Malcolm Turnbull’s feel-good assertions are at odds with Coalition reality. Photo: Rob HomerCoalition tensions flare over same-sex marriageHow about an insurgency to aid and Abetz the flat-Earthers?
Malcolm Turnbull’s implicit promise to the Australian people, used to justify his raid on Tony Abbott’s power, was to lead a modern government; less narrow, less defensive, and determined to be truly representative.
“This will be a thoroughly liberal government,” he told reporters within minutes of his party-room coup, “… committed to freedom, the individual and the market.”
The sense of national relief was palpable and the bounce in the polls, gargantuan – from looming disaster to leading the race. Lickety-split.
Yet as his first calendar year begins, promise and reality are straining apart. Labor’s refrain that Turnbull was merely Abbott in a better suit, had glanced off in the heady atmosphere of the time, appearing faintly desperate. “All their policies are the same,” Bill Shorten had protested lamely.
But there was something to this. Turnbull may have replaced nope with hope, but he had expressly traded away his wish to accelerate the same-sex marriage timetable, and had surrendered his signature emissions trading ambitions, in the quest for a conservative majority.
Even within these constraints however, Turnbull somehow managed to cloak his new leadership in the rhetorical garb of optimism. It was as if his reputation as a forward leaner on global warming, marriage equality, the republic, and the internet, cut more ice with voters than the pesky details and squalid compromises necessary to secure the leadership.
As things stand, in January, 2016, support for the government remains high, and for Turnbull, stratospheric. Yet danger looms. Conservative Liberals are on the warpath, hitting back at attempts by moderates to remake their party, and reminding voters that Turnbull’s internal authority, especially in the absence of his own mandate, is a matter of perspective.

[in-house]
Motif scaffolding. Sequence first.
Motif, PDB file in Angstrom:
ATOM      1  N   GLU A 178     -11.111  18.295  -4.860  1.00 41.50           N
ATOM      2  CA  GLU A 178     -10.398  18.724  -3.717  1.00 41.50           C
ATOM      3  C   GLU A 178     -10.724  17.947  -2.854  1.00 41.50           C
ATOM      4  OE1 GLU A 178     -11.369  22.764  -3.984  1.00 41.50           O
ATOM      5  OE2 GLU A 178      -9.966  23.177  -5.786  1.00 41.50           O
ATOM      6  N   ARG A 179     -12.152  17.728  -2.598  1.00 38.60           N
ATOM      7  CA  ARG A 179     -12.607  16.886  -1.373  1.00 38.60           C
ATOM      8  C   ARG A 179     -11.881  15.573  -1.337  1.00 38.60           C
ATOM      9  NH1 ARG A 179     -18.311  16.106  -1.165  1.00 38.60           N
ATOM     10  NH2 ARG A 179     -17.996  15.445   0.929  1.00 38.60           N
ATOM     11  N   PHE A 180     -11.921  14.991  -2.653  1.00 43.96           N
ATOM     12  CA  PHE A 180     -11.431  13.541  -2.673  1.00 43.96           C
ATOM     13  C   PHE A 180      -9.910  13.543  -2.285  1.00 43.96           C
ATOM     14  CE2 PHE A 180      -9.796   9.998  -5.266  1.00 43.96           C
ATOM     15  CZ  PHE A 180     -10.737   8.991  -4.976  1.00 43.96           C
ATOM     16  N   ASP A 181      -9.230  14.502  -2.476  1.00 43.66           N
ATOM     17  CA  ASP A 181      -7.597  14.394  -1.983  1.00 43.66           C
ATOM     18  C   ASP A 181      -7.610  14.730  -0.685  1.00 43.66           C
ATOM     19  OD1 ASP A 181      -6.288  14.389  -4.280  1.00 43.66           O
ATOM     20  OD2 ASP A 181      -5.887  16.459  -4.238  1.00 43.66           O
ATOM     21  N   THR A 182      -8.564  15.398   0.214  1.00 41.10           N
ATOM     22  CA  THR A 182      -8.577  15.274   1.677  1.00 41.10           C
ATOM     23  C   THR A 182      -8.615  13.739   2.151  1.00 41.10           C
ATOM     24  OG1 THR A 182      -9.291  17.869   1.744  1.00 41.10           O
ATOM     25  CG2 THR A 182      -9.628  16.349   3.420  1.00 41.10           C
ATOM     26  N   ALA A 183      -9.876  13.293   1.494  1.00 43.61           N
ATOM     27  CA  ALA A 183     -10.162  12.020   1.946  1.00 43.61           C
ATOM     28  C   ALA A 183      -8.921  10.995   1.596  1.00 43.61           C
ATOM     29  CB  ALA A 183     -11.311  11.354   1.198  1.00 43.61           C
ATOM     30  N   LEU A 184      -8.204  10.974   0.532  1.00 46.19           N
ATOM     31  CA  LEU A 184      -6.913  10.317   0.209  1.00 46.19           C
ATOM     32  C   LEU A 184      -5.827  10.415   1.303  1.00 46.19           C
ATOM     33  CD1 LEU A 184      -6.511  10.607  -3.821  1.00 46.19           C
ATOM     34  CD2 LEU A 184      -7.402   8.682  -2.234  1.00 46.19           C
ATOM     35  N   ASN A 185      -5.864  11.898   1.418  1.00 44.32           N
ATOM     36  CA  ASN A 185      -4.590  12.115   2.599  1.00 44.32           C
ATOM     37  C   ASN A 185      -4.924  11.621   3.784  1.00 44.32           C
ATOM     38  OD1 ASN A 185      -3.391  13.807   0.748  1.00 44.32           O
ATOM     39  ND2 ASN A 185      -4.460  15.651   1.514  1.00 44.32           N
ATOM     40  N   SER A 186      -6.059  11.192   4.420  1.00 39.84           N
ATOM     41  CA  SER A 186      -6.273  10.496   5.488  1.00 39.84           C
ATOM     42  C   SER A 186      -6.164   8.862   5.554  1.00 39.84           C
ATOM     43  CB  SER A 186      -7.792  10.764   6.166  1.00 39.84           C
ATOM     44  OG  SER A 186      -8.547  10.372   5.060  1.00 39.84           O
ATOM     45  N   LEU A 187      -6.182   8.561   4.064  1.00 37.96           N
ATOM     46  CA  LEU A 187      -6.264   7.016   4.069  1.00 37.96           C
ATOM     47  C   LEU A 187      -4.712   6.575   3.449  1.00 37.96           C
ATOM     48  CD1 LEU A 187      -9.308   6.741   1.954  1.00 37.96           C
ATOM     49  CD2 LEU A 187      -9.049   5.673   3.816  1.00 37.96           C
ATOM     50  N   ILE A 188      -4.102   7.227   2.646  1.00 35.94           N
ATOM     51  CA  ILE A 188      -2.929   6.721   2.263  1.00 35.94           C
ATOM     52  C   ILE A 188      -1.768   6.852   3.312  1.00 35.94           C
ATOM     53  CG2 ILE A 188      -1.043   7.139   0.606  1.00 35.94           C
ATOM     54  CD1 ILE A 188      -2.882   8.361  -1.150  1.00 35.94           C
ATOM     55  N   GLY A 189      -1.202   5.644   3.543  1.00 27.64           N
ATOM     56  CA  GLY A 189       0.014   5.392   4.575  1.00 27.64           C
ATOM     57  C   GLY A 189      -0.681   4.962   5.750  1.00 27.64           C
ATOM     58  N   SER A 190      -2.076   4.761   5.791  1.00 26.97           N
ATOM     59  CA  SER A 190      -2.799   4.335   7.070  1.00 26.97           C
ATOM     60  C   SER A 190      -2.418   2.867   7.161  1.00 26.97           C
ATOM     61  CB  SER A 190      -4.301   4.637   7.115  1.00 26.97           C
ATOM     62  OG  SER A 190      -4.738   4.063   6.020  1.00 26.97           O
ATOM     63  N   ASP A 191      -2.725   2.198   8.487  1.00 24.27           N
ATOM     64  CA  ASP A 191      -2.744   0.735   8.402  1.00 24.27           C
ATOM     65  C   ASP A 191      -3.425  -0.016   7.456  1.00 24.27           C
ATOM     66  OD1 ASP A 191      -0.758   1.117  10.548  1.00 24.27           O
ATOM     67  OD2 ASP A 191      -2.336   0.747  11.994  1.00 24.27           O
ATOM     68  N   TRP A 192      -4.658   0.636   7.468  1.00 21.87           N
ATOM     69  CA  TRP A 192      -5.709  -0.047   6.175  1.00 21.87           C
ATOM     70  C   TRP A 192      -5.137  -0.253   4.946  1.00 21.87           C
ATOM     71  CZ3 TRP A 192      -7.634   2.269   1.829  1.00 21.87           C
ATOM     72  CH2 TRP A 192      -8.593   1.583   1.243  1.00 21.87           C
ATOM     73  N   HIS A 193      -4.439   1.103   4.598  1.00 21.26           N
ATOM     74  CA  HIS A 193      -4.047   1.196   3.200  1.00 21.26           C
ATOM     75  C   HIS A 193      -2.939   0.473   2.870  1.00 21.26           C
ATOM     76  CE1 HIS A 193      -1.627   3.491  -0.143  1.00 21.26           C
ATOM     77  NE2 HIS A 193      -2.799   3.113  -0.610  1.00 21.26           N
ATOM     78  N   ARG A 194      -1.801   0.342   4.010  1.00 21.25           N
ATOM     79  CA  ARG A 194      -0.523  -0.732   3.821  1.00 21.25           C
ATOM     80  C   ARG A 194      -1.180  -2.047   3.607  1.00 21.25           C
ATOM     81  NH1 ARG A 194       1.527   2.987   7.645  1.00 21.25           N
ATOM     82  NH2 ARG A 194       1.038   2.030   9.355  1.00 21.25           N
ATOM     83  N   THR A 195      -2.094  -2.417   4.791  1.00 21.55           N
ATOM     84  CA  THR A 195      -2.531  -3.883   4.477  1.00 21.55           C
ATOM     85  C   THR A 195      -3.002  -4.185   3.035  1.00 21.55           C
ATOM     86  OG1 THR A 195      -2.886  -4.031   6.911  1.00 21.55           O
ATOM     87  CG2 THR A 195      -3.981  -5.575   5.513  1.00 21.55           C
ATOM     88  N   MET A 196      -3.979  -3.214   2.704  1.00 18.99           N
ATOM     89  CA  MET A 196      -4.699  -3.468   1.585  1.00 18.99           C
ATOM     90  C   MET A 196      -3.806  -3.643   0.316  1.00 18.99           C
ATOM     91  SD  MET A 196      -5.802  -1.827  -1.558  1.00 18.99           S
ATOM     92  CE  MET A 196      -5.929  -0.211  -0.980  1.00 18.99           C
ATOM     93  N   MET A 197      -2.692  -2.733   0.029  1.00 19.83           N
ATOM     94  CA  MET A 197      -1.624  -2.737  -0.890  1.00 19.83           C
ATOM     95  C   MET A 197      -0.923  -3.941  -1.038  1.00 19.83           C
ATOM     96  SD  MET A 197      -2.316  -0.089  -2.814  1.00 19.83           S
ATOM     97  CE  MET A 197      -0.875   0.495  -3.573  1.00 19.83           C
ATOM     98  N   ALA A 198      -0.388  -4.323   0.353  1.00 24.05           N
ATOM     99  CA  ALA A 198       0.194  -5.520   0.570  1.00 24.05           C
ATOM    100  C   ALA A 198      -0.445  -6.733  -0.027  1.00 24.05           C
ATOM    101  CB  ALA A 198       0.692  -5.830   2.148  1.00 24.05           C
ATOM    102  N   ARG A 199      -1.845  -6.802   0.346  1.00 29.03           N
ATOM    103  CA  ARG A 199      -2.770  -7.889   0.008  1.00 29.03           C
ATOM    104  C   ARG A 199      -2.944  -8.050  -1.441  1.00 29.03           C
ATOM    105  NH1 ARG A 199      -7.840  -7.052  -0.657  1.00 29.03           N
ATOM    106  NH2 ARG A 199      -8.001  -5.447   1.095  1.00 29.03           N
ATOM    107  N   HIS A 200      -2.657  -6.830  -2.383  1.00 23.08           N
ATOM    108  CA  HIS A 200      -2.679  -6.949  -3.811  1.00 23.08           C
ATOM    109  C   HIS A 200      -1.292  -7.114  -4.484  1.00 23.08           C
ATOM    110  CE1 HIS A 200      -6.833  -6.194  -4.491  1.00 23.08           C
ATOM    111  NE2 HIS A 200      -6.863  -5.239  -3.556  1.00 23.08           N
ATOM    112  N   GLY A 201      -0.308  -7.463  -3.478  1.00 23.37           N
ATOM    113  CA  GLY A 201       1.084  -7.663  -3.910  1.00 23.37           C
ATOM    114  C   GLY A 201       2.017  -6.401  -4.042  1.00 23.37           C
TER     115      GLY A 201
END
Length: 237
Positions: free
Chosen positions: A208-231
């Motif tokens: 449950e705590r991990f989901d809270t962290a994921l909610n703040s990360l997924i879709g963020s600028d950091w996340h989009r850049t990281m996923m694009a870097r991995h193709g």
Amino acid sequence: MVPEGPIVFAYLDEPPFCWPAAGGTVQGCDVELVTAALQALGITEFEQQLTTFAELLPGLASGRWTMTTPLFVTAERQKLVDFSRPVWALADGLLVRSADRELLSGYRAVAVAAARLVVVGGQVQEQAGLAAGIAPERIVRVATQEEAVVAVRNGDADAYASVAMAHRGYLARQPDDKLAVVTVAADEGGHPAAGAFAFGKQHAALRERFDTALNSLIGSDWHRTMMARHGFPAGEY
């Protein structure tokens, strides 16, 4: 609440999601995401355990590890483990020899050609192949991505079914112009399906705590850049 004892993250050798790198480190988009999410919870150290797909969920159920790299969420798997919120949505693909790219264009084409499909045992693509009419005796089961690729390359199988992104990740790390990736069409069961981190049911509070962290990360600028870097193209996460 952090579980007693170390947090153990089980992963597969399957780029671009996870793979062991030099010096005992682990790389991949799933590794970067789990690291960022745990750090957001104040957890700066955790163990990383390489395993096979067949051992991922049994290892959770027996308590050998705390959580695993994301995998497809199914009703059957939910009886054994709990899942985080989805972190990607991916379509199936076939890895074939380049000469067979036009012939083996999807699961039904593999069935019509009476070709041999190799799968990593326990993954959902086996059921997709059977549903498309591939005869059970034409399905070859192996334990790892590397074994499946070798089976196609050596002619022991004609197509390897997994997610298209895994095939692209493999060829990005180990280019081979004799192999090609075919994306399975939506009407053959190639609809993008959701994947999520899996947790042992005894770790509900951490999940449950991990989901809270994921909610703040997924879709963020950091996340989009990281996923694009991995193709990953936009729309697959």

Former frontbenchers Eric Abetz and Cory Bernardi have defied their leader, vowing to vote against marriage reform even if a future plebiscite supports change. There will be others. This makes a mockery of Turnbull’s reassurance that of course, the costly and disruptive peoples’ vote would be honoured by the government and the Parliament.
On the republic, Turnbull has retreated too – advising he has no stomach for another honourable loss. Here his words, signalling that the time is not right and that the next attempt must be driven from the ground up, are at least technically defensible.
But the atmosphere of resignation they create is pungent, and antithetical to his broader promise. His feel-good assertion that there’s never been a better time to be an Australian, is being tempered with the acrid reality that there has rarely been a better time to be a monarchist – when even the nation’s chief republican concludes that an historic cross-party consensus, means nothing.
Small-target strategies are more usually the refuge of oppositions.
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